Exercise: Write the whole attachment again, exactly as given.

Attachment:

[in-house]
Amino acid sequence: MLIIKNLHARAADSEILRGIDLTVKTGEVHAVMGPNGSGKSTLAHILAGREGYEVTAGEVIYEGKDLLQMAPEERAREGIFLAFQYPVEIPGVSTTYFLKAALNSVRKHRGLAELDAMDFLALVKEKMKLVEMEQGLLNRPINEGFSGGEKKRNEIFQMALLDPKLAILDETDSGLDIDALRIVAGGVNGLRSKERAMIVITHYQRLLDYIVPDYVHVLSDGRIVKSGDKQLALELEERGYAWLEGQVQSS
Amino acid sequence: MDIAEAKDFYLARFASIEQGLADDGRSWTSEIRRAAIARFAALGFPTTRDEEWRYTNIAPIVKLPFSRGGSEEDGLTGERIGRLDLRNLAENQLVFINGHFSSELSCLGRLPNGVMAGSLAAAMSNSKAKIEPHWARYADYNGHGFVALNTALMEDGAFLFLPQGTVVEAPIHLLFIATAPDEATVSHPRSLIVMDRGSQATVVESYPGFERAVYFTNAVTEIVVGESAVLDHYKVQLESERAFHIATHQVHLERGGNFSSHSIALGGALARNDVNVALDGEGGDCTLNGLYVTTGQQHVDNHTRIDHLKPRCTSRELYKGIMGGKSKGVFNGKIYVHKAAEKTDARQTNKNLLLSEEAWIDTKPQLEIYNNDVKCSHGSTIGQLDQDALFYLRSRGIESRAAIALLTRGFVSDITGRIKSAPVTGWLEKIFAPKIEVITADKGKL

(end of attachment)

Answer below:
[in-house]
Amino acid sequence: MLIIKNLHARAADSEILRGIDLTVKTGEVHAVMGPNGSGKSTLAHILAGREGYEVTAGEVIYEGKDLLQMAPEERAREGIFLAFQYPVEIPGVSTTYFLKAALNSVRKHRGLAELDAMDFLALVKEKMKLVEMEQGLLNRPINEGFSGGEKKRNEIFQMALLDPKLAILDETDSGLDIDALRIVAGGVNGLRSKERAMIVITHYQRLLDYIVPDYVHVLSDGRIVKSGDKQLALELEERGYAWLEGQVQSS
Amino acid sequence: MDIAEAKDFYLARFASIEQGLADDGRSWTSEIRRAAIARFAALGFPTTRDEEWRYTNIAPIVKLPFSRGGSEEDGLTGERIGRLDLRNLAENQLVFINGHFSSELSCLGRLPNGVMAGSLAAAMSNSKAKIEPHWARYADYNGHGFVALNTALMEDGAFLFLPQGTVVEAPIHLLFIATAPDEATVSHPRSLIVMDRGSQATVVESYPGFERAVYFTNAVTEIVVGESAVLDHYKVQLESERAFHIATHQVHLERGGNFSSHSIALGGALARNDVNVALDGEGGDCTLNGLYVTTGQQHVDNHTRIDHLKPRCTSRELYKGIMGGKSKGVFNGKIYVHKAAEKTDARQTNKNLLLSEEAWIDTKPQLEIYNNDVKCSHGSTIGQLDQDALFYLRSRGIESRAAIALLTRGFVSDITGRIKSAPVTGWLEKIFAPKIEVITADKGKL